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There is much to be said about a musician stepping out from his comfort zone as an accomplished and acclaimed sideman to record the music he hears in his head, never forgetting where he came from, but steadfast in focus of where he is going.
Henry Cole has rapidly acquired an impressive résumé as a first-call drummer for recording sessions and performance tours. The compilation of all original music on his first release as producer/leader, Roots Before Branches, was inspired by none other than Afrobeat master Fela Kuti, demonstrating that there is a vast uncharted territory left to explore.
The introductory refrains from "Aurea V." set the transcendental tone for an album where the melodic solo by saxophonist David Sanchez weaves against tribal drumming building to a turbulent midsection, and then back to a calm ending. Sánchez is featured on three other selections: "To Believe Without Seeing" and "Año 2010," both with poet/lyricist Hermes Ayala's passionate outcry of inner rebellion to outward revolution; and the stellar "No Eres Tu Soy Yo," with its chunking guitar counterbalance oozing genuine Afrobeat essence.
As might be expected, there is high intensity drummingnot to overdrive the tempo, but to define the desired acceleration. "Solo Dos Veces," is Cole at his best, pushing the band to a frenetic pacepast an eerie organ, to an idyllic sax solo by John Ellis. "Musica Para Un Sueño," initiates with a Motown soul bass, setting up a banquet of pure electro-funk. Guitarist Adam Rogers wails on the rock-driven "Una Para Isabel," dedicated to Cole's wife and collaborator. These represent different approaches on how to keep exuberance in balance within an album's context.
Cole's hometown of Mayaguez, Puerto Rico is honored in "Comienza." For years there has been debate on whether the bomba beat did actually originate from this area; nevertheless, Cole cleverly based this tune, complete with the mandatory call-and-response, on the historical hoyoemula bomba beat. He delves into Spanish formality with "Uncovered Fears," utilizing the vintage voice of poetess Mara Pastor set against a backdrop of classical strings depicting visionary romance.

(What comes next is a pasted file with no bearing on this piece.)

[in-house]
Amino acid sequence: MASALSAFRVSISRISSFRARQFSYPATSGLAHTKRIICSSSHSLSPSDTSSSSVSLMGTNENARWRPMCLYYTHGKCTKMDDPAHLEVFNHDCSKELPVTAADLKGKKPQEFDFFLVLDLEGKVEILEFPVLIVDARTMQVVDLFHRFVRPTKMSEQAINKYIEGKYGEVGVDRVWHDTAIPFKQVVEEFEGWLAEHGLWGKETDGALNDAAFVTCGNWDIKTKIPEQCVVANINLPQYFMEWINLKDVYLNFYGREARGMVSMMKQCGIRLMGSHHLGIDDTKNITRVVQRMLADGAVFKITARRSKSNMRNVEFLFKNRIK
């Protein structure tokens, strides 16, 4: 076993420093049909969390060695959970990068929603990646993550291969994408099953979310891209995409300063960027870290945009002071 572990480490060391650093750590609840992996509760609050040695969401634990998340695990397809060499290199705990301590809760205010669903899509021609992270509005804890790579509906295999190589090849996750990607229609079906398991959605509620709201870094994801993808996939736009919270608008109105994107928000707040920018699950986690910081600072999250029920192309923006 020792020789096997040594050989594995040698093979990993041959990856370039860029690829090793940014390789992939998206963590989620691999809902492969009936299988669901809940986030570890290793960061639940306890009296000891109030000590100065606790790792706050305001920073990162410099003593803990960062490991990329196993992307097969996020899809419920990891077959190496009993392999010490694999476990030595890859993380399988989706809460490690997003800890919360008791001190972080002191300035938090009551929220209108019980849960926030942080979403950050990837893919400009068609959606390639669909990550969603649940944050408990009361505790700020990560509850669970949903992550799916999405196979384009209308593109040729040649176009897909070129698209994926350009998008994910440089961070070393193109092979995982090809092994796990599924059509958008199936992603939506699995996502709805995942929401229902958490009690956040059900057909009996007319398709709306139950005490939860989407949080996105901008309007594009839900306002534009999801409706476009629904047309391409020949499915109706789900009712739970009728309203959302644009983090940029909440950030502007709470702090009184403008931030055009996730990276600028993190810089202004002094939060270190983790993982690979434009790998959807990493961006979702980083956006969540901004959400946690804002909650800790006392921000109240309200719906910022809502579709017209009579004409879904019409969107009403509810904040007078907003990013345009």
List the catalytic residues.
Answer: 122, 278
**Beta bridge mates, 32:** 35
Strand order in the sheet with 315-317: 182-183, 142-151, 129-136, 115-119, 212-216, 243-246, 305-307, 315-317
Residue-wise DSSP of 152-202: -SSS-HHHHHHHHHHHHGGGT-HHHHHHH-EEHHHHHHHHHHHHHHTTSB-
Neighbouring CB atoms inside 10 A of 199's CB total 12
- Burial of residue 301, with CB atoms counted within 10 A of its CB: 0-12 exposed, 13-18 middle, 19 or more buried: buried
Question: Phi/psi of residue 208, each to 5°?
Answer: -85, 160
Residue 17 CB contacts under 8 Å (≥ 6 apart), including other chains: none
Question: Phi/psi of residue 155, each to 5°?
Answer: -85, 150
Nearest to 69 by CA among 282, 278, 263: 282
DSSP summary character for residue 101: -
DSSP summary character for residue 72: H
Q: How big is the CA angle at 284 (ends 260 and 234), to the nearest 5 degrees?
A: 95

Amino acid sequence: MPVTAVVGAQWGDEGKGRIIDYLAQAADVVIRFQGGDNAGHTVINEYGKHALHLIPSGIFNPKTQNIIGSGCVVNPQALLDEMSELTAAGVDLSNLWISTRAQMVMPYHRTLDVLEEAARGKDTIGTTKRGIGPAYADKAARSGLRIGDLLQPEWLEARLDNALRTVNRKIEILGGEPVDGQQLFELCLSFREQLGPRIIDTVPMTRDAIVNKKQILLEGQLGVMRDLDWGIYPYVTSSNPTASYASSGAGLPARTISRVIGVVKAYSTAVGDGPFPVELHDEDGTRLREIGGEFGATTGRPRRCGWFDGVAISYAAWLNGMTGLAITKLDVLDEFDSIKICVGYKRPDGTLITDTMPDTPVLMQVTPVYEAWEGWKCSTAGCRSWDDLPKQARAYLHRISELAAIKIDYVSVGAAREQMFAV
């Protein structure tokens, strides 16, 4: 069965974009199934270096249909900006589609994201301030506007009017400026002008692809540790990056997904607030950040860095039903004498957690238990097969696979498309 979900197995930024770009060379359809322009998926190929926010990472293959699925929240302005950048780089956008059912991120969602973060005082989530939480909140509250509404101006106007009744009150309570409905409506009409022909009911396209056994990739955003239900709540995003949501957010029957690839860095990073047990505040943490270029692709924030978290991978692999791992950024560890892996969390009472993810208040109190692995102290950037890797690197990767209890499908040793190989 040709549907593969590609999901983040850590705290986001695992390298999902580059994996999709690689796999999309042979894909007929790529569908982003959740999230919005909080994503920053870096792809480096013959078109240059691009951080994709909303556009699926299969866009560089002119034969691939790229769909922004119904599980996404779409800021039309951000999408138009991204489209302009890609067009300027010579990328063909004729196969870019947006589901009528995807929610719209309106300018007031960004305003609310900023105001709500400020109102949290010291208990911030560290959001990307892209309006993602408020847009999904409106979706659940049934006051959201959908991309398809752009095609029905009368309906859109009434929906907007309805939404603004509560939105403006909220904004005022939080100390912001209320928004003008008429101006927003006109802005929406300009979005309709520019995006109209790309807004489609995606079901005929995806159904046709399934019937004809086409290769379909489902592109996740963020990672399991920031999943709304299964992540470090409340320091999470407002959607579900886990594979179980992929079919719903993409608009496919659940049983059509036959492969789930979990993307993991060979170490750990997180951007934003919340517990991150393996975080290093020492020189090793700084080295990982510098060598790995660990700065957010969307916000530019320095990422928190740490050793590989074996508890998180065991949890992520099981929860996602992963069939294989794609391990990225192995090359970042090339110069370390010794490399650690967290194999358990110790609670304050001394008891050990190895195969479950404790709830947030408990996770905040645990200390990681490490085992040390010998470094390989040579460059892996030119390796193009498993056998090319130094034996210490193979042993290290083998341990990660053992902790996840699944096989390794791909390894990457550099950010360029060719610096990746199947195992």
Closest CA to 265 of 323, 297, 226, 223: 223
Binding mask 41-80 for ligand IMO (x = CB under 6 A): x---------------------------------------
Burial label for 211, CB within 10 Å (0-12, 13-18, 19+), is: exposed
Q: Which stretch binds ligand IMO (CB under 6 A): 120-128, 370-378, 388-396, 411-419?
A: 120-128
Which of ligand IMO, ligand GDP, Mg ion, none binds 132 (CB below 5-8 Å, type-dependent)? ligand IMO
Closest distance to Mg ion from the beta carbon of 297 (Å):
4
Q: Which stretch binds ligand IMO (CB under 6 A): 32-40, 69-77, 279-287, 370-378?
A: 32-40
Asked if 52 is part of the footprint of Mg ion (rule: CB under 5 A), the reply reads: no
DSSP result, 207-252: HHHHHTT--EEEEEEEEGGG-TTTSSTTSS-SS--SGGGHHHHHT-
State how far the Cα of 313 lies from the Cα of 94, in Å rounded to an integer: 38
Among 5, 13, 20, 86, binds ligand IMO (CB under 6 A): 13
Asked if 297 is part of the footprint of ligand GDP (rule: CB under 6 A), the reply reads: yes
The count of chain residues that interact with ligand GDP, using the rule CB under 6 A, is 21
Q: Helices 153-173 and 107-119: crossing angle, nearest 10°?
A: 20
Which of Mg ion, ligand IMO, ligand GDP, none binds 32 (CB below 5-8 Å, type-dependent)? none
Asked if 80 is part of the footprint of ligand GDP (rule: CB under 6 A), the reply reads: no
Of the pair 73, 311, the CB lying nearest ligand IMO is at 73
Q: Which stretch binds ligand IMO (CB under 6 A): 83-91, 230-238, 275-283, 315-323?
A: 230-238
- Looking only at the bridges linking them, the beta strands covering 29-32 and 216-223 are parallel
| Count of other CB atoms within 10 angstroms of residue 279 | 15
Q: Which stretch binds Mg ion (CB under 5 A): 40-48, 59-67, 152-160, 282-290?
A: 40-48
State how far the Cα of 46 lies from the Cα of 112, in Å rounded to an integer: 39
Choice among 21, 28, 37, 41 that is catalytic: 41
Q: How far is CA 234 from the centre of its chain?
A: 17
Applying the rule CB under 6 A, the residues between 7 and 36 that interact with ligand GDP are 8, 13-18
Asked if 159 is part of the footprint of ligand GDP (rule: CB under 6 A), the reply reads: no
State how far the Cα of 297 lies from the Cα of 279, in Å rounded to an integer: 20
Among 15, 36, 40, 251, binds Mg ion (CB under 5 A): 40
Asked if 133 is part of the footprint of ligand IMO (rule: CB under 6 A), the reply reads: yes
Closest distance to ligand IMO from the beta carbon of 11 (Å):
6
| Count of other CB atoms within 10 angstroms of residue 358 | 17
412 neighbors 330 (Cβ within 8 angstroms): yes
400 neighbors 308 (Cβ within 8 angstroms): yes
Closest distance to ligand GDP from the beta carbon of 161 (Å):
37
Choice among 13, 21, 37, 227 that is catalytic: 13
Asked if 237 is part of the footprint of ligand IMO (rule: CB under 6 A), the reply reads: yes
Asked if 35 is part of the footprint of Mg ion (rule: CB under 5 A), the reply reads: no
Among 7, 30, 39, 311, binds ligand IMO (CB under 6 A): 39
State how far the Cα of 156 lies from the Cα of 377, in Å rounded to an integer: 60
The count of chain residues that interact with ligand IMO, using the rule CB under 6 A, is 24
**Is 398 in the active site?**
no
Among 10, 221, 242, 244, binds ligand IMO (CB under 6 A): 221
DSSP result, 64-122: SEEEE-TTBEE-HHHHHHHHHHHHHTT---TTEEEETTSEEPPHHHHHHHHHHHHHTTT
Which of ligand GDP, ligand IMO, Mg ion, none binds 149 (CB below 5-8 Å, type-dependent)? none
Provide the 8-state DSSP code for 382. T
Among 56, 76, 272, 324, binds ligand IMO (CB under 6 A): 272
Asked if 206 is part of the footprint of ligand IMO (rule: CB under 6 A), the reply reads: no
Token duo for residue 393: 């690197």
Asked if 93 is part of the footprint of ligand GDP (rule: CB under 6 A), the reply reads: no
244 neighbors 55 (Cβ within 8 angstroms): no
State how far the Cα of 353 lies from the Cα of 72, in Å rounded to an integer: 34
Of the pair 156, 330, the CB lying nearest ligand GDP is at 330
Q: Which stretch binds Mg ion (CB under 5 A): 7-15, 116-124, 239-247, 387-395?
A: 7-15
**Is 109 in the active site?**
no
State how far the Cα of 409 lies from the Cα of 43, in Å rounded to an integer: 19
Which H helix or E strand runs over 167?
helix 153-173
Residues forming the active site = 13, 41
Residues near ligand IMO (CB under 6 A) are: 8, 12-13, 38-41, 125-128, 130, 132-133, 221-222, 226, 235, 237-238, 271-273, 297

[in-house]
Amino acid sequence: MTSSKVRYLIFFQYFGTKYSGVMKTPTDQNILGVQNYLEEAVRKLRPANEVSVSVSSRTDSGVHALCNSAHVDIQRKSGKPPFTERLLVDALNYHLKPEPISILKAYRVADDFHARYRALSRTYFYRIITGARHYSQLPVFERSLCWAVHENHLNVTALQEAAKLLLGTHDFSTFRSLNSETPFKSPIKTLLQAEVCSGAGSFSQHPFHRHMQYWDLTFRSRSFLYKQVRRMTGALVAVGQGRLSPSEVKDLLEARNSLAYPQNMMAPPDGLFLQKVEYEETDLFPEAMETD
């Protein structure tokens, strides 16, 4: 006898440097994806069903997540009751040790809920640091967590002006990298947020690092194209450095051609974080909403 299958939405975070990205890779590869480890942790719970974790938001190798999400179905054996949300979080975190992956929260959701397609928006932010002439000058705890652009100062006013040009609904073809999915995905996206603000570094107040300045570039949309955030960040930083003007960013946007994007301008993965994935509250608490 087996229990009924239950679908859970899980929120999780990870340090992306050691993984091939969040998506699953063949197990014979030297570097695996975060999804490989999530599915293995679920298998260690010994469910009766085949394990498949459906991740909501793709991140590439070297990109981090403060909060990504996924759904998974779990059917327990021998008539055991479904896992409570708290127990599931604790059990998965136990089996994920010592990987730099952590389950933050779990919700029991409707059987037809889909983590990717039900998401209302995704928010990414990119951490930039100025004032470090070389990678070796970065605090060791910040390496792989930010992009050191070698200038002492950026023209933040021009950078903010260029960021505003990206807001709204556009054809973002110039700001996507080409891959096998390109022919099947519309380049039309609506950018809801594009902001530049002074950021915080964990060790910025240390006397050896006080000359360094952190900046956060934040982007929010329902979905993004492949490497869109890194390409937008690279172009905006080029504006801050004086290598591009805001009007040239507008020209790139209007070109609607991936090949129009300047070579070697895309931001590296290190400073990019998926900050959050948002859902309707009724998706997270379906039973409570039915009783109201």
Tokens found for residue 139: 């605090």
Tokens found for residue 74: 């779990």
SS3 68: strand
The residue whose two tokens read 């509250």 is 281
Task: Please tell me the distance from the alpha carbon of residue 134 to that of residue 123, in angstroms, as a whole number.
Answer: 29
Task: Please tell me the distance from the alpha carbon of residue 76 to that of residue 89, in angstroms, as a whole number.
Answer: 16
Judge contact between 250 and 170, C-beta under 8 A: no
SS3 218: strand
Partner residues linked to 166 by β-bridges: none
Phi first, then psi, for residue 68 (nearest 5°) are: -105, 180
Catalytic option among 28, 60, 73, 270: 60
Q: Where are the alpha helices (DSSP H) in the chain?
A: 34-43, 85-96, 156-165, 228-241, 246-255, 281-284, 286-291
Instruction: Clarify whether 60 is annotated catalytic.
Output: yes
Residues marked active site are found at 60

As a brilliant primary release of a promising musician, Roots Before Branches draws deep into Cole's musical foundations and influences, leading to the conclusion that the best is yet to come.
Track Listing: Aurea V.; Trabajala; To Believe Without Seeing; Año 2010, No Eres Tu, Soy Yo; Comienzo; Una Para Isabel; Solo Dos Veces; Uncovered Fear; Musica Para Un Sueño; Solo.
Personnel: Henry Cole: drums, keyboards (2-10); John Ellis: tenor sax ; Billy Carrion Jr.: baritone sax ; Juan Jose “Cheito” Quinones: trumpet (1-9); David “Piro Rodriguez: trumpet (3); Josh Evans: trumpet (10); Soren Moller: Fender Rhodes (1-5, 7-10); Sean Wayland: Fender Rhodes (6); Egui Santiago: keyboards (1-5, 7-10); Roy Guzman: guitar (1-5, 9); Adam Rogers: guitar (7); Ricky Rodriguez: bass (2, 3, 6, 7, 8, 10, 11); Willy Rodriguez: bass (1, 9); Pedro Perez: bass (4, 5); Alberto “Beto” Torrens: bomba barril (1-5, 7-9); Obanilu Allende: plena panderos (6), voice (6), bomba barril (10); Bryant Huffman: shekere (1-5, 7-9); Reynaldo de Jesus: shekere (10); Hermes Ayala: voice (2-4); David Sánchez: tenor sax ( 1, 3-5,) alto sax (2); Luis Rosa “El Chupa”: baritone sax (4); Jenny Scheinman: first violin (9); Megan Gould: second violin (9); Karen Waltuch: viola (9); Noah Hoffeld: cello (9); Miara Pastor: poetry reading (9).
Year Released: 2012
| Record Label: Self Produced
| Style: Latin/World
I love jazz because it's so different than pop and has an emotional pull that other music does not have.
I was first exposed to jazz when I saw Dave Brubeck in 1974.
The first jazz record I bought was Bitches Brew by Miles Davis.